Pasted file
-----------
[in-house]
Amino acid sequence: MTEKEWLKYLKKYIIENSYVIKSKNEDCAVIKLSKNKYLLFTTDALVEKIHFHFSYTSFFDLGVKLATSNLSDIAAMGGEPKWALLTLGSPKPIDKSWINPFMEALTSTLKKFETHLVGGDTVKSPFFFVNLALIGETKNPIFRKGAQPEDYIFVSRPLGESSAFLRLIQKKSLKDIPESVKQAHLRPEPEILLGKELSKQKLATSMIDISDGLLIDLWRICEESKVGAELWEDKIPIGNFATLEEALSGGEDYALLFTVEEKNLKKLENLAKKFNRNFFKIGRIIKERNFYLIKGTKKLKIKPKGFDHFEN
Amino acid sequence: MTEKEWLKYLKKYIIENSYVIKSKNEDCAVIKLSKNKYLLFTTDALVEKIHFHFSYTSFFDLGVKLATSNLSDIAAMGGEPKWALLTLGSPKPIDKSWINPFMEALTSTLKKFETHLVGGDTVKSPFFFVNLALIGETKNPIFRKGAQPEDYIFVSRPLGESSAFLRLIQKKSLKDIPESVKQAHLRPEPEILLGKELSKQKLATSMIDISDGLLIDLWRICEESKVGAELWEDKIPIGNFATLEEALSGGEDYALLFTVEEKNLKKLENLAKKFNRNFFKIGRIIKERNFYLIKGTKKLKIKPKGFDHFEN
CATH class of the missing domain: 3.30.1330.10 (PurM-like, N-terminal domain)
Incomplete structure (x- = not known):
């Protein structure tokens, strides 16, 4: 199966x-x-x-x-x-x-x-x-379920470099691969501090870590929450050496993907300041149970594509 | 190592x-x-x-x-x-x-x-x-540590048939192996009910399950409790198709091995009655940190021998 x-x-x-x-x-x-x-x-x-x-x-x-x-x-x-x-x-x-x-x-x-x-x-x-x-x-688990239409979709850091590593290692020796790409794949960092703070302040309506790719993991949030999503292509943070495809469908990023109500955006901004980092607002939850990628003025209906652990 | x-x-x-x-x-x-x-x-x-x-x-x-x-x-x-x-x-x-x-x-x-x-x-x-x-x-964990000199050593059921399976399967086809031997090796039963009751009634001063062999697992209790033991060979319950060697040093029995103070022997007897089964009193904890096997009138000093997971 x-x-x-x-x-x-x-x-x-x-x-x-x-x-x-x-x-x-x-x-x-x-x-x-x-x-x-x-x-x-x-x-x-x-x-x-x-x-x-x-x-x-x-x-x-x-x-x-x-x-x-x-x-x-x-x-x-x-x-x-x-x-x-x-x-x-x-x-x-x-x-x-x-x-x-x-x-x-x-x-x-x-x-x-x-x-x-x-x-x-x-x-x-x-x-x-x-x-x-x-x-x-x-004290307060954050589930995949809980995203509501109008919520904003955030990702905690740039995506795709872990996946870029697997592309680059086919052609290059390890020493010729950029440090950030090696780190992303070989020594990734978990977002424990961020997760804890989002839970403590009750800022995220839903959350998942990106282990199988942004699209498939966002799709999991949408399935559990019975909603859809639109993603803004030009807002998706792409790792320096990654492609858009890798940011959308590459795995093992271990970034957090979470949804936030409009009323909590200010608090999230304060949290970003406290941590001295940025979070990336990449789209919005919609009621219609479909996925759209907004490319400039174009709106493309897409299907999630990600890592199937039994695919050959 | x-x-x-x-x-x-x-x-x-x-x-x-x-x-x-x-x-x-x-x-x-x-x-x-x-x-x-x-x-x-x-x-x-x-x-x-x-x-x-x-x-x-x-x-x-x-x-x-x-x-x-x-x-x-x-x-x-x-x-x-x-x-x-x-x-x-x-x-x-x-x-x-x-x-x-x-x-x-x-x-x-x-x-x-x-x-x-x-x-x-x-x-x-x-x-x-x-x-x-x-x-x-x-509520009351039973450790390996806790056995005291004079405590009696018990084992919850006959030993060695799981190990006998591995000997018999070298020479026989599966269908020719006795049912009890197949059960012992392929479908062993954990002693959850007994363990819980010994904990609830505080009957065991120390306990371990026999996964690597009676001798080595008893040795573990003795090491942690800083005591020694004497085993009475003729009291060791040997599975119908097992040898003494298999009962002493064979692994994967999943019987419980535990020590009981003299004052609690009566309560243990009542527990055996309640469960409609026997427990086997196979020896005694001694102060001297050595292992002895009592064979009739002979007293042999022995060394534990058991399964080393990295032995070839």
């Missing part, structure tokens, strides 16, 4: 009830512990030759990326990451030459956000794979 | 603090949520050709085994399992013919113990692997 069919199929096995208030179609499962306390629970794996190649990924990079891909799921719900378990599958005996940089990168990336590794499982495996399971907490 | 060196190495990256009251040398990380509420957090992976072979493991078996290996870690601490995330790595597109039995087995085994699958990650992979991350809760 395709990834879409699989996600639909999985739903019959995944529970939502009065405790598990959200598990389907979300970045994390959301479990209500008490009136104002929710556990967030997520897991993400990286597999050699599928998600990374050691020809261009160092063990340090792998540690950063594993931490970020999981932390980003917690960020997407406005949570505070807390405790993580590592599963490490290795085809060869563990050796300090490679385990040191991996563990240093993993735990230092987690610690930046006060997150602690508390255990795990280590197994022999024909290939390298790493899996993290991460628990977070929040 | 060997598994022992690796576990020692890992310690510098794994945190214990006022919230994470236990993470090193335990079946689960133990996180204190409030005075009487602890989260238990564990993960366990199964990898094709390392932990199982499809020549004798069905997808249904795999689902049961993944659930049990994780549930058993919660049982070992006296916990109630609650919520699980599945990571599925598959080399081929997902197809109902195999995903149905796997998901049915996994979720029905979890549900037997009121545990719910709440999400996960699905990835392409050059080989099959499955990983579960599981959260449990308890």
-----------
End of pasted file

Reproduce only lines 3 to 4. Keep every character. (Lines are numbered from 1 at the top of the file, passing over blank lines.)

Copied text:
Amino acid sequence: MTEKEWLKYLKKYIIENSYVIKSKNEDCAVIKLSKNKYLLFTTDALVEKIHFHFSYTSFFDLGVKLATSNLSDIAAMGGEPKWALLTLGSPKPIDKSWINPFMEALTSTLKKFETHLVGGDTVKSPFFFVNLALIGETKNPIFRKGAQPEDYIFVSRPLGESSAFLRLIQKKSLKDIPESVKQAHLRPEPEILLGKELSKQKLATSMIDISDGLLIDLWRICEESKVGAELWEDKIPIGNFATLEEALSGGEDYALLFTVEEKNLKKLENLAKKFNRNFFKIGRIIKERNFYLIKGTKKLKIKPKGFDHFEN
CATH class of the missing domain: 3.30.1330.10 (PurM-like, N-terminal domain)